I mentioned above that the sands are constantly blowing and shifting. Here is a picture of a typical, small, remote village. You can see how the sands and dunes blow right through the village, and around the structures. Do you see the trees at the top of the picture? Those are date palms, which are very common wherever there is a water source, and people.

Here's a closer shot of the dates. I had never seen dates on a tree before. They were everywhere in the little villages and oasis towns. From what I came to gather, this region is famous for the quality of their dates. I can attest to the fact that they were delicious!

Over time, the sands can completely overtake a village, forcing the people to move their houses. Here's an example. As I've said so many times previously, life in the desert is difficult and unforgiving. But there are many people who call these places home. And there are those who have relocated to work and minister among these peoples. And they rely on MAF for their transportation.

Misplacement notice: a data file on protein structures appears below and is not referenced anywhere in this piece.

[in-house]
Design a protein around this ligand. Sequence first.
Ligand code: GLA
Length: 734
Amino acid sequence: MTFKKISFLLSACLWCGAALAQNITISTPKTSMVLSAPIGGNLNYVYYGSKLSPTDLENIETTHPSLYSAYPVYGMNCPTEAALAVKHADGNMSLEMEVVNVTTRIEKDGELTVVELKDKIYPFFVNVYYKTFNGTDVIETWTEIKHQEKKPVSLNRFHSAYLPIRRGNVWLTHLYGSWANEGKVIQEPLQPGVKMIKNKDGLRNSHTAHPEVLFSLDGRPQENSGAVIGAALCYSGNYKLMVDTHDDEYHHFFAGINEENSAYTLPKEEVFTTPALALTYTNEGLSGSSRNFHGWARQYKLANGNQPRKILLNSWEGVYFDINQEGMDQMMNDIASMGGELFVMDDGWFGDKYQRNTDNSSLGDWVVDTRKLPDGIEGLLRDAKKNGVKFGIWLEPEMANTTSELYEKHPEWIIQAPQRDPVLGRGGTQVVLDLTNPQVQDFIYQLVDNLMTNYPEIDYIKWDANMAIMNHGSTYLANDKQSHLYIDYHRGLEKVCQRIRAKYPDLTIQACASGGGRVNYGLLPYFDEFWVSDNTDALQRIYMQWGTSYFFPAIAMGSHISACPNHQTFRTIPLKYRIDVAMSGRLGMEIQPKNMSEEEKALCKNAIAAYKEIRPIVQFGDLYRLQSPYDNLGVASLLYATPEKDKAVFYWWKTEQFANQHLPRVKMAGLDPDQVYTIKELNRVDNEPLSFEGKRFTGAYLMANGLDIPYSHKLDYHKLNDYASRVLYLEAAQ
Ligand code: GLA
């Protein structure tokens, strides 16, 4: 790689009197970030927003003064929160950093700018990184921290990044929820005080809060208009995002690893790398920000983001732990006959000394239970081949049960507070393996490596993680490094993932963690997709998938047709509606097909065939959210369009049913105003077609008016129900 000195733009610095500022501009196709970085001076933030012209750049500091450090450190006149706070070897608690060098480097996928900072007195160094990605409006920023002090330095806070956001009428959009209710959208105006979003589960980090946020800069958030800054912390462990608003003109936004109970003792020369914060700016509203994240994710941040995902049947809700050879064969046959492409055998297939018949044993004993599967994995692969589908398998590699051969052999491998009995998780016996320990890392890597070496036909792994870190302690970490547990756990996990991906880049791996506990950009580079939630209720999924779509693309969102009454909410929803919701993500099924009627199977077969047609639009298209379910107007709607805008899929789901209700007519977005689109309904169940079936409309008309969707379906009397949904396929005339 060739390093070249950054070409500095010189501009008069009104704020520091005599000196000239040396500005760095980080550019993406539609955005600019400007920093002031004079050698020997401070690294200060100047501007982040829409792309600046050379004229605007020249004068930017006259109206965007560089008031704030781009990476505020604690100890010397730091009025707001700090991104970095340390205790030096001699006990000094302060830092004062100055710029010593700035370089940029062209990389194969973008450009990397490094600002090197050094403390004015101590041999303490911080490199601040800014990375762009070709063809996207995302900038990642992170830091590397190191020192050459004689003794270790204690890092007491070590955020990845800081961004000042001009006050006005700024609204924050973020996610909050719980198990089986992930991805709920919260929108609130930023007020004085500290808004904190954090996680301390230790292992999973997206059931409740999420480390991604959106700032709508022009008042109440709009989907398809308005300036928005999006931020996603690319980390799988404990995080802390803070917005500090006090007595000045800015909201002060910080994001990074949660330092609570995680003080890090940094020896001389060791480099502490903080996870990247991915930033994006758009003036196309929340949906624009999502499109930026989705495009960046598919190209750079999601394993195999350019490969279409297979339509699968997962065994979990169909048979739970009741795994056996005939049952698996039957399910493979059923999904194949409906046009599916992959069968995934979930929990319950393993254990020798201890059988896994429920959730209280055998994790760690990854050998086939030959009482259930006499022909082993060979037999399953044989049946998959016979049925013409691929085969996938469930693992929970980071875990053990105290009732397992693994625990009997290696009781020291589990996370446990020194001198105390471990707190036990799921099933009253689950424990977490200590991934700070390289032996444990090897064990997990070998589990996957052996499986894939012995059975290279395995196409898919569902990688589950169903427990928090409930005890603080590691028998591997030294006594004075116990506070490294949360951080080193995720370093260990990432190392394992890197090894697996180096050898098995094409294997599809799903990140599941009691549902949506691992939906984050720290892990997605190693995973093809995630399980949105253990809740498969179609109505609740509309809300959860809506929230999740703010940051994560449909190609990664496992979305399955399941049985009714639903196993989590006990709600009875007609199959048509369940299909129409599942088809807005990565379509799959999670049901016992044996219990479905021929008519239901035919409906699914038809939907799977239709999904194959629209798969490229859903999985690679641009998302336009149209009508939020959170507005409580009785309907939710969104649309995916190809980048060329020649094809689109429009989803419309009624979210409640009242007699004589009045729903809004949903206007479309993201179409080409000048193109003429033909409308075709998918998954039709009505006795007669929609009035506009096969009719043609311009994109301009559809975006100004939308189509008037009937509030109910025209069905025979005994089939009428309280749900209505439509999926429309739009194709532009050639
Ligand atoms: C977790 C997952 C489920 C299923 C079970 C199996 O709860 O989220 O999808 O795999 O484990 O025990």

I hope you've enjoyed my posts on Chad. I was privileged to be able to spend a short time there flying with MAF, where I got to meet some wonderful people who are doing some incredible ministries and works in some very difficult and remote places.

Saturday, September 17, 2016

Animal Encounters in Chad

As promised, here are a few shots of some of the animals I saw while in Chad. These first five photos were taken in Zakouma National Park in the southeastern section of Chad.

We flew down there late in the day, and spent the night in the park in order to be able to leave very early the next morning. Our passengers had international flight connections from the capital city that next day, and we wouldn't have been able to get them back in time unless we were pre-positioned to the park the day before. These shots were taken on the short, meandering drive from the dirt airstrip to the lodge.